An extract from the thunder god vine, which has a long history of use in traditional Chinese medicine, reduces food intake and causes up to a 45% decrease in body weight in obese mice. The weight-loss compound, called Celastrol, produces its potent effects by enhancing the action of an appetite-suppressing hormone called leptin. The findings, published May 21 in Cell, are an early indicator that Celastrol could be developed into a drug for the treatment of obesity.
Editor’s note: take out your B.S. detectors on this study. The idea is obesity drugs. It seems like beautiful Chinese herbs are only acknowledged for what can be extracted from them. It’s not to say the drug is useless or harmful. But, in the end, they disparage using the whole herb and call it…dangerous! Please research and talk to your preferred healthcare practitioner. Correcting liver, leptin and weight should be a holistic approach. ~Heather Callaghan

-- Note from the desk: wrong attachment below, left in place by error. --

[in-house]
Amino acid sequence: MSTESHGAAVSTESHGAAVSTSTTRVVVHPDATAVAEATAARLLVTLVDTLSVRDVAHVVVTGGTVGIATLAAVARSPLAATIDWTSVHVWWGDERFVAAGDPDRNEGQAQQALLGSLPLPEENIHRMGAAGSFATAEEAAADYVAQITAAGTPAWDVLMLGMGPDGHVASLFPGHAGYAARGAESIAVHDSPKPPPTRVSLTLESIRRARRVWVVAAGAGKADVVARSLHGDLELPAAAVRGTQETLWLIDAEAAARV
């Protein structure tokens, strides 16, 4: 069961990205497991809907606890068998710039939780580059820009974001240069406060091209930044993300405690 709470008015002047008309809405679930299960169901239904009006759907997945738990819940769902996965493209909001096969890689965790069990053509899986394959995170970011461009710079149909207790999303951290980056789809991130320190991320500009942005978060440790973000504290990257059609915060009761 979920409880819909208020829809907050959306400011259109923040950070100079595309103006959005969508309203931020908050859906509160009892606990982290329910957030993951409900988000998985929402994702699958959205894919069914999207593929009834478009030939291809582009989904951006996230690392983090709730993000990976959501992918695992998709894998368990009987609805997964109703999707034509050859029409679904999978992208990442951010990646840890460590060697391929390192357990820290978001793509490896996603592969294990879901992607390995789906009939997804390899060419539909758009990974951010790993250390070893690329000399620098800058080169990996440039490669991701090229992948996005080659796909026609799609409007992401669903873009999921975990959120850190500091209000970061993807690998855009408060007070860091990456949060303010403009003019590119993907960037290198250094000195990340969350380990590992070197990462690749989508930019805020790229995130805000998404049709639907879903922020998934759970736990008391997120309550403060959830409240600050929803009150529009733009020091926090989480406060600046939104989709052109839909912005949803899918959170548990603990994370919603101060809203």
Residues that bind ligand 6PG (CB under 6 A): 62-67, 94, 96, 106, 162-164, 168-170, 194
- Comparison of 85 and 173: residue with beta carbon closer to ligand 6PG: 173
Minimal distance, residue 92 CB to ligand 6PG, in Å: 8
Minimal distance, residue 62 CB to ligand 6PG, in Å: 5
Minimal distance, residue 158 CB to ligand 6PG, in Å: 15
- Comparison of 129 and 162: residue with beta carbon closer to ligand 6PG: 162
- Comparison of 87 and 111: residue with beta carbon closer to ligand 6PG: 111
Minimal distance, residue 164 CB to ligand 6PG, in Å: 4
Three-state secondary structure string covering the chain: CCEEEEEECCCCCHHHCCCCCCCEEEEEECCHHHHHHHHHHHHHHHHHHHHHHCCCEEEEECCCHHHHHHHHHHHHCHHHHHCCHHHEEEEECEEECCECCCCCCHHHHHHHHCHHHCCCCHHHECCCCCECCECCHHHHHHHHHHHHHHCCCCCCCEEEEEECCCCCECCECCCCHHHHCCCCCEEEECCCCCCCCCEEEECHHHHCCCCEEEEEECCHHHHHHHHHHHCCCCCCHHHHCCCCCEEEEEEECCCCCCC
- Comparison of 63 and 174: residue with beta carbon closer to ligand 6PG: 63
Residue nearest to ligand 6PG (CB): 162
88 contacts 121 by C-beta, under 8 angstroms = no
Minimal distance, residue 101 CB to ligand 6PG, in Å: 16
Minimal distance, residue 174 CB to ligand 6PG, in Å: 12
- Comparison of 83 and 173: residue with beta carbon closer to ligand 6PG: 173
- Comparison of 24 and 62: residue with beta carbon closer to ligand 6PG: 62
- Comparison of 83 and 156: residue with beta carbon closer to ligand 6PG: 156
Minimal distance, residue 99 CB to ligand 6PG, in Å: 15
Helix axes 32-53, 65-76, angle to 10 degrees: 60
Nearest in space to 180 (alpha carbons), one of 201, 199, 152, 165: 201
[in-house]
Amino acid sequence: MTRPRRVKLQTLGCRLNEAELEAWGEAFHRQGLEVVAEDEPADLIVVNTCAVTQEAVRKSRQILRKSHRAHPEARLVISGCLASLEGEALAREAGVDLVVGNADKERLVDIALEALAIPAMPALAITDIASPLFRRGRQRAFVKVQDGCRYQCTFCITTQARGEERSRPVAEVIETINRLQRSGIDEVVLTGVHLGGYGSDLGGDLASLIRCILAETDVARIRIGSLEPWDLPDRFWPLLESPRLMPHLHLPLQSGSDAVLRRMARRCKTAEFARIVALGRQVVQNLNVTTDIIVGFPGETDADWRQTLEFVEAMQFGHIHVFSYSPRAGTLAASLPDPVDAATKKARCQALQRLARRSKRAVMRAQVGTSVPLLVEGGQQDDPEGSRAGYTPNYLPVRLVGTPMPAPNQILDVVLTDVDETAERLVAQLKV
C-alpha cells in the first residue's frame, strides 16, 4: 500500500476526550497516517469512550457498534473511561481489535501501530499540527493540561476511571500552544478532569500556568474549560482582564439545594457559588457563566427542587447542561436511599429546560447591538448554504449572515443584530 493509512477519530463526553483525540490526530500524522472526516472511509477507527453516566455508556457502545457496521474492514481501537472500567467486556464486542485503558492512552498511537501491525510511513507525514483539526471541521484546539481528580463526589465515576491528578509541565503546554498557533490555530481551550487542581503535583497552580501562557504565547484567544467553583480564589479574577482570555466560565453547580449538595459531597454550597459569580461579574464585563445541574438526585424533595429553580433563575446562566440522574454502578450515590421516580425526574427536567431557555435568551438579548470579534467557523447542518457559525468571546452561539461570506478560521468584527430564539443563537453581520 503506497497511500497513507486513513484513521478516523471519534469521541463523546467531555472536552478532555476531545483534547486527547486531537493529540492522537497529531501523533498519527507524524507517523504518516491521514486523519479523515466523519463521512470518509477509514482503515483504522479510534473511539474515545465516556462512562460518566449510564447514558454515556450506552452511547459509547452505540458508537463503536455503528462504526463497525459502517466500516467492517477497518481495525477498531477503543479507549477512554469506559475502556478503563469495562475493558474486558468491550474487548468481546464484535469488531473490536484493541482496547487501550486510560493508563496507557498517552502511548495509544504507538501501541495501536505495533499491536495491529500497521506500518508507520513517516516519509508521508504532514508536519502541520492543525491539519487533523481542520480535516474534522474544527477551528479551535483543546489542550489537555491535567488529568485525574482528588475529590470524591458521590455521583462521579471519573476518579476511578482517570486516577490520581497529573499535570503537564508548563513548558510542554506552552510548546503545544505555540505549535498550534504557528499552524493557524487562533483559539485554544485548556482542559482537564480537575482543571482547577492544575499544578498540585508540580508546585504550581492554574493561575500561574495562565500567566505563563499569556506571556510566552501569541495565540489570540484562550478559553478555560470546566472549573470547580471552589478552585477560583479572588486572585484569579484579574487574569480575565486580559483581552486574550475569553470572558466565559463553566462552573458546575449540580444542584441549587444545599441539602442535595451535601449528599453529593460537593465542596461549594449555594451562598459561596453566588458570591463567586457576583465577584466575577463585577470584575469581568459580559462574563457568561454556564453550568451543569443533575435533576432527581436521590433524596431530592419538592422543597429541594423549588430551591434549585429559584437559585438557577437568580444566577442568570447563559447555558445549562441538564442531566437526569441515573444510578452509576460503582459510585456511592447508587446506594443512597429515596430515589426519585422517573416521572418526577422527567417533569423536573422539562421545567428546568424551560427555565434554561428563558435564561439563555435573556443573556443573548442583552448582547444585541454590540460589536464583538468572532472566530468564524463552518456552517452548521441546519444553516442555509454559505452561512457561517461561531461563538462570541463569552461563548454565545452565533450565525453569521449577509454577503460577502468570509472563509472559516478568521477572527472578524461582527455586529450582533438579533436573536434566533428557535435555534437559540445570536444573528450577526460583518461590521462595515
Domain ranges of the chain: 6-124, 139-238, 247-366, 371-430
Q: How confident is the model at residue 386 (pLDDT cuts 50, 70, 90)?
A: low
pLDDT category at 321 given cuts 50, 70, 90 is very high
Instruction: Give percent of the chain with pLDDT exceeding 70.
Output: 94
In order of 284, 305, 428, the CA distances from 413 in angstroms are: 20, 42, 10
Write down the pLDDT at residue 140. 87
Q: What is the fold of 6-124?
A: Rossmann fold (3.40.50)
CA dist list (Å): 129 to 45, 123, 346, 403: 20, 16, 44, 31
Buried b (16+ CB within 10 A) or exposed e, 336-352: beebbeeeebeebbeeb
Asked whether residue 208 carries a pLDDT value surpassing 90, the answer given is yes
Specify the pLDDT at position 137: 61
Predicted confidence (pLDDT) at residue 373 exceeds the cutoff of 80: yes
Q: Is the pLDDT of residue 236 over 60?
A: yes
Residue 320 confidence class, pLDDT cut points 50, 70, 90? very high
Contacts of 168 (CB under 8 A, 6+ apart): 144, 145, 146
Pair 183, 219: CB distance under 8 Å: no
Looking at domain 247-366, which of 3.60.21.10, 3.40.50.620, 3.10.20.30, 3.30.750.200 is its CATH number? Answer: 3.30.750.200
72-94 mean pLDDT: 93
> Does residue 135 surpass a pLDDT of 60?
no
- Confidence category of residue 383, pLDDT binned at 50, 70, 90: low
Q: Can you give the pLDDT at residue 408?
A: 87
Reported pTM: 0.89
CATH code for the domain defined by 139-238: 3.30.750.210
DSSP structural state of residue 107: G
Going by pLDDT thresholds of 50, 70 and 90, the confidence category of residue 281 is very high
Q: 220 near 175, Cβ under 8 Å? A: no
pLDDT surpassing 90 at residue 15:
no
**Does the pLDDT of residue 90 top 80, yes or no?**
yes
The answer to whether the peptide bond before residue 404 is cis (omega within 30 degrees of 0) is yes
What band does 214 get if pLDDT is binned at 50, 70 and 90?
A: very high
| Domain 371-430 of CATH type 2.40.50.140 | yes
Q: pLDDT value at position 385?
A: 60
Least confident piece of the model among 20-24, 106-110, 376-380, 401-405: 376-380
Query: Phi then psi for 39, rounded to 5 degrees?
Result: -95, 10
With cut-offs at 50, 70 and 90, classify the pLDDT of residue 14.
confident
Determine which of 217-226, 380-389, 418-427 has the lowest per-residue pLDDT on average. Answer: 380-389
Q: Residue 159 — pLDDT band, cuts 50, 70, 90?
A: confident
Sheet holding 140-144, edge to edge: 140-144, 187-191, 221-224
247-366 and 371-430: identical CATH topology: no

“During the last two decades, there has been an enormous amount of effort to treat obesity by breaking down leptin resistance, but these efforts have failed,” says senior study author Umut Ozcan, an endocrinologist atBoston Children’s Hospital and Harvard Medical School. “The message from this study is that there is still hope for making leptin work, and there is still hope for treating obesity. If Celastrol works in humans as it does in mice, it could be a powerful way to treat obesity and improve the health of many patients suffering from obesity and associated complications, such as heart disease, fatty liver, and type 2 diabetes.”